The Canadian Jeiwsh News

Thursday, September 3, 2015

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40 looming

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Big birthdays have a tendency to inspire reflection on the choices we’ve made in our lives. They prompt questions such as: What have I achieved? Which long-lasting decisions are worth maintaining? And how do I want to live my next decade?

With my 40th birthday around the corner, I started pondering the past 20 years of my life in earnest. One decision I’d kept with since age 17 was a pescetarian diet that includes consumption of fish, but no other meat proteins. It’s made keeping kosher easy, and it’s also meant eating a lot of salmon over the course of my life, but to be honest, I was bored with my food choices.

My political motives for the diet hadn’t changed. I still hate the thought of animals being bred and harvested for their meat, something I feel is fundamentally wrong. The assurances from rabbinical authorities that the kosher method of slaughter is the most humane is absolutely no consolation. How, after all, do they know? I don’t ever want to visit an abattoir or see the moment of their slaying. And I don’t want to know how they end up on a plate looking like a tasty steak. But at the same time I am ready to expand my horizons, to stop thinking so hard and give myself the freedom to enjoy food a little more than I have to date.

The change happened quickly and seamlessly, much to the shock of my husband and friends. I’ve become the focus of animated mealtime conversation about how pseudo-vegetarians can “come around” even after 20-odd years of avid meat denial. In some ways I feel I’ve let the team down by moving the boundaries of my eating preferences. But I think it’s OK to re-think some decisions and open doors previously under lock and key.

My friend Sam used her 40th to inspire major weight loss, dissatisfied with the pounds that had steadily climbed aboard her once slender frame. For six months before her birthday, she changed her lifestyle, eating more sensibly and exercising in ways she’d not done before, determined not to start her next decade at the heavy end of the scale.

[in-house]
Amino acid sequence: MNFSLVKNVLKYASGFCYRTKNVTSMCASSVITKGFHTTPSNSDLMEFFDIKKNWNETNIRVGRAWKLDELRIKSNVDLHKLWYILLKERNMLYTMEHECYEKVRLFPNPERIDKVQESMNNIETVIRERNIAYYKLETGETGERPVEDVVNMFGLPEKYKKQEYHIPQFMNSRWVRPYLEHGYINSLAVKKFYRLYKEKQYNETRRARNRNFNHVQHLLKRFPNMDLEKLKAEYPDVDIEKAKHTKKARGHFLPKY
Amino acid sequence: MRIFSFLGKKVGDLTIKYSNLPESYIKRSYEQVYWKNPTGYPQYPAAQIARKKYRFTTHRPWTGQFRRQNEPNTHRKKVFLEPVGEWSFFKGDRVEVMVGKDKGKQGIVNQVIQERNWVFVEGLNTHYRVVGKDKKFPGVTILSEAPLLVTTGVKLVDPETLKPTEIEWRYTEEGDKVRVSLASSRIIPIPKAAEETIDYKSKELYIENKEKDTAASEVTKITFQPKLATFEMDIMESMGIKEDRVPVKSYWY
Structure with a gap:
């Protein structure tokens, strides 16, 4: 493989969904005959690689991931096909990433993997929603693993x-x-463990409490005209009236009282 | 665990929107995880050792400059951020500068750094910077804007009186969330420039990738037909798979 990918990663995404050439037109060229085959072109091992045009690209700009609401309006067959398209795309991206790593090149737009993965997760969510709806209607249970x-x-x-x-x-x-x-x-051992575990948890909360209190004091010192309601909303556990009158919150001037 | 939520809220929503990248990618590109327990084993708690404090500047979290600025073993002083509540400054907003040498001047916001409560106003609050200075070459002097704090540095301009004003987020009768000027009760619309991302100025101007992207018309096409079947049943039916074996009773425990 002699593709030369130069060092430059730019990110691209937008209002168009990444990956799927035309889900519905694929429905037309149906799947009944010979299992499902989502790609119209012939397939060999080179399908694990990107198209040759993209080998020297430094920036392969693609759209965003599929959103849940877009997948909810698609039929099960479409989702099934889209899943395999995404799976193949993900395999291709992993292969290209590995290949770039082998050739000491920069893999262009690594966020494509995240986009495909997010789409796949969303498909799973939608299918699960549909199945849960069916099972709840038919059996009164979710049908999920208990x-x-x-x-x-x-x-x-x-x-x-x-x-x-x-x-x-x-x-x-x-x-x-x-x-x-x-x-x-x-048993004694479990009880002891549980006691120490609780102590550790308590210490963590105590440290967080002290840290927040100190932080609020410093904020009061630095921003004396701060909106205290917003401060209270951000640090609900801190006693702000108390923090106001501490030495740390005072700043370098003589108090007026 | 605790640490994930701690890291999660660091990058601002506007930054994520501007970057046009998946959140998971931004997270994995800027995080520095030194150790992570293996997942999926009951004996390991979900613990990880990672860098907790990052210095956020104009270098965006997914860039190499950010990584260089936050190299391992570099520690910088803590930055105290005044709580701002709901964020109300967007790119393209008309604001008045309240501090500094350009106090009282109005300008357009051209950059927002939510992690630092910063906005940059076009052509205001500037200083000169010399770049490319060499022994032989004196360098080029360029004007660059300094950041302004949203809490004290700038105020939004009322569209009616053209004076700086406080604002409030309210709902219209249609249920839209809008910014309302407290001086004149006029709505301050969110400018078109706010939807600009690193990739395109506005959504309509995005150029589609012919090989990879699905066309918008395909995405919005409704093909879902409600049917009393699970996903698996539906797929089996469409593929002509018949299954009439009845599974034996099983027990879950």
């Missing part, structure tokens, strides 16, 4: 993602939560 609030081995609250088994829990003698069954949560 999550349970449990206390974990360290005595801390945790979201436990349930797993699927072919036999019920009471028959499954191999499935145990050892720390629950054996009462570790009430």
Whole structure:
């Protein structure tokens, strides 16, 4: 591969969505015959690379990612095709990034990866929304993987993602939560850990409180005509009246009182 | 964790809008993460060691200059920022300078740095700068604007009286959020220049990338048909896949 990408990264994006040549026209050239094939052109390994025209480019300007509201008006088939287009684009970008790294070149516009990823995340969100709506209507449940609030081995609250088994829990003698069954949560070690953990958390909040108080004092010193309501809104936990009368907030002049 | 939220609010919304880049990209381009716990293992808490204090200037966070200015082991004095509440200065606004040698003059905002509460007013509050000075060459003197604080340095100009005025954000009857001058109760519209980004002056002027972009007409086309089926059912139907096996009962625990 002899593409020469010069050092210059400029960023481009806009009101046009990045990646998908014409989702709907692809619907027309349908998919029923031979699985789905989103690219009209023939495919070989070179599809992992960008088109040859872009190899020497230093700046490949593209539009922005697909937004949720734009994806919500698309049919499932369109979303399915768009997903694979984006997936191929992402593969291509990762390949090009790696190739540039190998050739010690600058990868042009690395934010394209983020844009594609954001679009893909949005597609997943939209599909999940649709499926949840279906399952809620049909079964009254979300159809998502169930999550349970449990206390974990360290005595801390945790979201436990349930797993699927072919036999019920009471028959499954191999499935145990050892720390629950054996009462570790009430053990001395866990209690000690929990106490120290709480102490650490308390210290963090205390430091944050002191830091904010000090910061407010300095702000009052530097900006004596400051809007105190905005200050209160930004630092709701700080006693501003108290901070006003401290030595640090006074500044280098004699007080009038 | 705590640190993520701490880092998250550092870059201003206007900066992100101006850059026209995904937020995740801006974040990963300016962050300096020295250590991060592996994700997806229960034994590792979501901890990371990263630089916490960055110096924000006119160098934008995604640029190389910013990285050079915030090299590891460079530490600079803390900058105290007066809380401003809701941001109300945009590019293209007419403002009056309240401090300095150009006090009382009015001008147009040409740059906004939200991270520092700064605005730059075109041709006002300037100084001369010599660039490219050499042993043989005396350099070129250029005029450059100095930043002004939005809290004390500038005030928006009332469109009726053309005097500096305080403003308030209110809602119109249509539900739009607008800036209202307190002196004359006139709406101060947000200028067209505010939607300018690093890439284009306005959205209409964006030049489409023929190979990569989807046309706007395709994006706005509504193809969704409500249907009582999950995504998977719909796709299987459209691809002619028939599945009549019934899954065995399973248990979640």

The 40s are a life-changing time for many women. They’re a time when we’re readier to embrace the highlights and hair colourings we previously rejected, adamant about staving off the visibility of those ugly grey strands that remind us just how old we are. Some friends are embracing Botox. For others, eyelash extensions are the new beauty must-have.

“I don’t think anyone our age should be wearing a bikini,” one friend declared at the swimsuit store. Her comment had everything to do with tzniut (modesty), and they made me wonder. Does there need to be a cut-off age for some types of clothing? Does 40 mean redefining the parameters of acceptability? Should I be leaning deliberately toward a more aged or mature version of self-expression?

I’m still figuring out the answers out as I muddle along, trying as best I can to hide the signs of age. The laugh lines that are starting to develop. The loose skin that was firm just yesterday, or so I thought. The mounting number of indications that, in the absence of plastic surgery, point steadfastly to the fact that age wise, I am definitely moving north.

Meanwhile, I bask in the glow of increasingly infrequent comments to the contrary. Like when a stranger tells me I look too young to have kids. Or when an esthetician seems stunned at my real age, explaining my skin suggests I’m way younger. Chances are it’s pure flattery to make me feel good.

But at this point I’m not thinking too hard about where those compliments come from.

I’ll take ’em, no problem.

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